Many issues can cause foot pain, and bunions are one of the more common causes. More common as we age and much more common among women, bunions form at the joint located at the base of the big toe, causing a painful lump that can make it hard to find shoes that fit well.
When diagnosed early, a bunion can often be treated with splinting and exercises aimed at moving the big toe joint back into alignment. When treatment is delayed and the joint “stiffens” in its new position, the typical treatment involves surgery to restore the joint’s normal position.
Bunions don’t always cause significant pain, especially during regular, day-to-day activities. But even small bunions can be very painful during exercise and sports activities.
At AllCare Foot & Ankle Center in Dallas and Arlington, Texas, Michael V. Tran, DPM, helps patients manage their bunion symptoms with medical treatment and lifestyle tips aimed at helping patients maintain their activities without pain. In this post, learn how to reduce or prevent bunion pain during the activities you love.
Choose the right shoes
Before you even begin exercising, you need to make sure the shoes you’re wearing provide plenty of room for your toes. Look for shoes with good arch support and plenty of padding, too. Avoid any shoes that are tight or restrictive around your toes.
Dr. Tran frequently prescribes orthotics, custom-made inserts that help relieve stress on your bunions. Orthotics distribute your weight evenly across your foot while helping to keep your toes and the rest of your foot properly aligned.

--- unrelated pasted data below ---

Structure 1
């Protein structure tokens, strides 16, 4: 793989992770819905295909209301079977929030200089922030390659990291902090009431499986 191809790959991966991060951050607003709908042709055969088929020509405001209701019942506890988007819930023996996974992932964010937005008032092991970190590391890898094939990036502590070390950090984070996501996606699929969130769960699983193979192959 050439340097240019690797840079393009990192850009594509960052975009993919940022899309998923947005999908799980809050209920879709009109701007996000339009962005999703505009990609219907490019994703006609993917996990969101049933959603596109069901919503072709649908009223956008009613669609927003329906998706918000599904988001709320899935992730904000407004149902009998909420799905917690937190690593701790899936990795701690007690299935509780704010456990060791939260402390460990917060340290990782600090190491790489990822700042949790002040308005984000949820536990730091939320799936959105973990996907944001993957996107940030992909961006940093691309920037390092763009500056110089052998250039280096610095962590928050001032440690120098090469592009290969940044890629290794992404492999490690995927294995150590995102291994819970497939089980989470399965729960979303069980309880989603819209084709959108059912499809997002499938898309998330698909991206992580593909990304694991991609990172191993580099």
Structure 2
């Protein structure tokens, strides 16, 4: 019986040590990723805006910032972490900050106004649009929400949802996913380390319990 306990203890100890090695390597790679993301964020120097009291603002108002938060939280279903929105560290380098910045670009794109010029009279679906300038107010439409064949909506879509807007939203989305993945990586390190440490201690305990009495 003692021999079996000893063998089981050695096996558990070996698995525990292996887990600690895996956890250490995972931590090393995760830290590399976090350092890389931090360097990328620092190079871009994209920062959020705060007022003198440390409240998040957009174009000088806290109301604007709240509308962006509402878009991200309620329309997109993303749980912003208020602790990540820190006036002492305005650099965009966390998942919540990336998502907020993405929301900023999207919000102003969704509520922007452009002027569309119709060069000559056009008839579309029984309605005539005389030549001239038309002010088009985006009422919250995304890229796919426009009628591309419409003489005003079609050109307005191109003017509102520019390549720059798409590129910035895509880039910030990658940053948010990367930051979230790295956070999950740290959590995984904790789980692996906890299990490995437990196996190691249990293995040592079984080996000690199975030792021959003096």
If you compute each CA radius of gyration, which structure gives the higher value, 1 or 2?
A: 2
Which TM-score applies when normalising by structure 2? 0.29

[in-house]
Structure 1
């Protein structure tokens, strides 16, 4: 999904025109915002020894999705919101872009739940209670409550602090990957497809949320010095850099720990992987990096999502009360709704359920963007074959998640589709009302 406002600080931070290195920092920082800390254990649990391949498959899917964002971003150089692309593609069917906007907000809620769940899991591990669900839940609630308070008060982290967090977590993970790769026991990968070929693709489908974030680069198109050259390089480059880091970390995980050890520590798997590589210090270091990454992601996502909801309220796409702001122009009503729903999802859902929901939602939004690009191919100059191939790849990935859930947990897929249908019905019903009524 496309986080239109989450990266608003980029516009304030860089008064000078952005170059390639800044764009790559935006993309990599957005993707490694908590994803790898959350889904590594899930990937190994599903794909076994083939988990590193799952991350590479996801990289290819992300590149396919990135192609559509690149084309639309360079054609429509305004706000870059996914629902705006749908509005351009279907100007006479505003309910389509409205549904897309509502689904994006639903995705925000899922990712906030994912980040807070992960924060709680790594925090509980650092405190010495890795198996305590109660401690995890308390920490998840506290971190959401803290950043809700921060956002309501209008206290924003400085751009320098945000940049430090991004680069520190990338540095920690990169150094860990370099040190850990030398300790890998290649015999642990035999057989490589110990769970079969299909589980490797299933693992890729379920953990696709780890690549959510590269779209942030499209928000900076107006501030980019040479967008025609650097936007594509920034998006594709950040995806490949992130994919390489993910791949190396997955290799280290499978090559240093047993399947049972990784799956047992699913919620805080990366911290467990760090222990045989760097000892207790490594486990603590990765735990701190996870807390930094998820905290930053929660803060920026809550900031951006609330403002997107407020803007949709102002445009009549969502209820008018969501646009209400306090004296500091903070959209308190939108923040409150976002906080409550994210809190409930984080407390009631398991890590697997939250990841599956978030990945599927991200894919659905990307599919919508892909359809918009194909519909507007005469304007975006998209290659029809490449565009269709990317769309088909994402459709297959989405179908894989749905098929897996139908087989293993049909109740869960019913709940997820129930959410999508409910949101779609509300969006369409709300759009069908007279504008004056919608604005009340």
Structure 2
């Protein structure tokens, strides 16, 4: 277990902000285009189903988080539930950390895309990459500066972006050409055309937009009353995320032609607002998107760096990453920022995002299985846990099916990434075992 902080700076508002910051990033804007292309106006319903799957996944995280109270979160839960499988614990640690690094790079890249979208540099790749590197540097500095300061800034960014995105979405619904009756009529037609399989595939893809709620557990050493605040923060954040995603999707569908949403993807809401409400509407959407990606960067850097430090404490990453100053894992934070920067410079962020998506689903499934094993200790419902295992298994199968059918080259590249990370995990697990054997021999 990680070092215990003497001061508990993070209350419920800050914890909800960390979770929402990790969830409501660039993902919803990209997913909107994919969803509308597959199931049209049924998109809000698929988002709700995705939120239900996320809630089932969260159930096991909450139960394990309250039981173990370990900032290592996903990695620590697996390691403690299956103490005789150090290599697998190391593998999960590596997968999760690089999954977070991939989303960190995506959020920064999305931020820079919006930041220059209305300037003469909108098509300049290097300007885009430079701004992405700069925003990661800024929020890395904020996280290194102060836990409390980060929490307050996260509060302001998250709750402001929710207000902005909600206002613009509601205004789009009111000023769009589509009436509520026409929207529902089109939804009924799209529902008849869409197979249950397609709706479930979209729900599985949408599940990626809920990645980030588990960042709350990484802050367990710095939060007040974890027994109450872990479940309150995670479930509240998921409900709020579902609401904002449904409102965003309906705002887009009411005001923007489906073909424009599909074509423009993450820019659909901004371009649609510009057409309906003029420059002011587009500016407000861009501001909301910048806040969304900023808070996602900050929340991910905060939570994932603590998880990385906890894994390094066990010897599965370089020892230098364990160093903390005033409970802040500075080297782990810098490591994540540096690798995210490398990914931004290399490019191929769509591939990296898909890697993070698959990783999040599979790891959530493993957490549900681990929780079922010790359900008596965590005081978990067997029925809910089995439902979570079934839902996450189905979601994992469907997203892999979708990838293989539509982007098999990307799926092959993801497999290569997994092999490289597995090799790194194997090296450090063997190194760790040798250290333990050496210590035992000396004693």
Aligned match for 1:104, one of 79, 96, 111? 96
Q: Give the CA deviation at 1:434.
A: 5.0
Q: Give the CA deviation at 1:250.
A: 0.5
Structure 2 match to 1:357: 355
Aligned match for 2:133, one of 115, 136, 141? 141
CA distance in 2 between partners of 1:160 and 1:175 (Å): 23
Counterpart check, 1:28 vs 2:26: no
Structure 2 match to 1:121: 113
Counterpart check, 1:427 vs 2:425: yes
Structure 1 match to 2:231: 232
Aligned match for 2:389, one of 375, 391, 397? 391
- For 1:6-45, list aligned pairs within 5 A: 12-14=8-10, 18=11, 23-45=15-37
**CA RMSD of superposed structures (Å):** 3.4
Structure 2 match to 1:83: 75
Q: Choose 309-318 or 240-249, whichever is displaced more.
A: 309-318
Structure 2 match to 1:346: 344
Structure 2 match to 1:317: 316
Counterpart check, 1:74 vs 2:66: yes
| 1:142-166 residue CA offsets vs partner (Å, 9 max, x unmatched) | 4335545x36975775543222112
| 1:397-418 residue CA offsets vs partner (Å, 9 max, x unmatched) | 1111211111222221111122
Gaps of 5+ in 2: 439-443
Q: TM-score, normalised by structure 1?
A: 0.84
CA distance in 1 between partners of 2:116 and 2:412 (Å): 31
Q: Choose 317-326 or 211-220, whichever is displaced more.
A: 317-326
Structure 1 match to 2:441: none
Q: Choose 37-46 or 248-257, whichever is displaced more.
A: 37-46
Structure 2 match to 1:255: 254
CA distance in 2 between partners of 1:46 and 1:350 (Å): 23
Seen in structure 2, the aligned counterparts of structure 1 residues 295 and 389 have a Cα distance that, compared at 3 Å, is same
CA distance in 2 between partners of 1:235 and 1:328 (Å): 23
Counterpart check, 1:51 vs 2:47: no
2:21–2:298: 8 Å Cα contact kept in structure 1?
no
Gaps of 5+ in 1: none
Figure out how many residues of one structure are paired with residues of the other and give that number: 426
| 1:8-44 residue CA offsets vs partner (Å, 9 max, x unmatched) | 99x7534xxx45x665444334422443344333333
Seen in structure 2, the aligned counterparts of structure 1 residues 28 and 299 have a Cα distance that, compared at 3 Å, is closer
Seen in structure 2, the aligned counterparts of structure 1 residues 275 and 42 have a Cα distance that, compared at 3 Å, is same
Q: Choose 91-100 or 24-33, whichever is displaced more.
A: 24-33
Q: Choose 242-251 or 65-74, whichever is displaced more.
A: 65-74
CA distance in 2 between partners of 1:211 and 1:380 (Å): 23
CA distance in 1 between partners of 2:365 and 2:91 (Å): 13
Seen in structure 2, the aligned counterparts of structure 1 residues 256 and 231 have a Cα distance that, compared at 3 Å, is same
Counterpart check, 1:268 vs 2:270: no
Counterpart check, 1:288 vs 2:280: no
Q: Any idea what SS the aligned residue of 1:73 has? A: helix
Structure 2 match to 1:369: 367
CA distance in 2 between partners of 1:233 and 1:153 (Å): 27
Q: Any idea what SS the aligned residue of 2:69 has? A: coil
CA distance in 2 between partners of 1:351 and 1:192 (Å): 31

Try a corn pad
Bunions cause a lot of rubbing on the skin at and near the base of your big toe. Wearing a callus or corn pad helps prevent friction while keeping your skin soft and comfortable.
Try some gentle stretching
Massaging and gently moving your toe joint helps keep the joint supple and mobile, preventing stiffness that can worsen the pain and keep the toe from moving back into alignment. Dr. Tran often recommends physical therapy for patients with bunions to help them learn special stretches that support healthy toe joints.
Stick to low-impact activities
Cycling and swimming are great exercises that don’t put much pressure on your feet. Try the elliptical machine or stationary bike at the gym instead of the treadmill.
Pay attention to pain
If your bunions hurt during exercise, it’s time to stop, switch to another activity, or ask Dr. Tran for tips on how to avoid pain. He can help you learn ways to modify your technique so you can enjoy the activity without exacerbating your bunion symptoms.
Take a nonsteroidal anti-inflammatory drug (NSAID)
Bunions typically involve inflammation around the big toe joint. NSAIDs like ibuprofen help relieve inflammation to help you manage your symptoms more effectively.
Apply some ice
If your bunions hurt following exercise, try applying some ice to the joint. Ice also helps decrease inflammation and reduces painful symptoms.
Get medical help early
Scheduling an evaluation at the first sign of a bunion or any type of foot pain is important for getting quick relief and preventing the problem from worsening. If you have a bunion or think you might be developing one, Dr. Tran can initiate treatment that can help restore your toe area and prevent painful symptoms.
To schedule your evaluation, call 817-276-4600 or request an appointment online with Dr. Tran and the AllCare Foot & Ankle Center team today.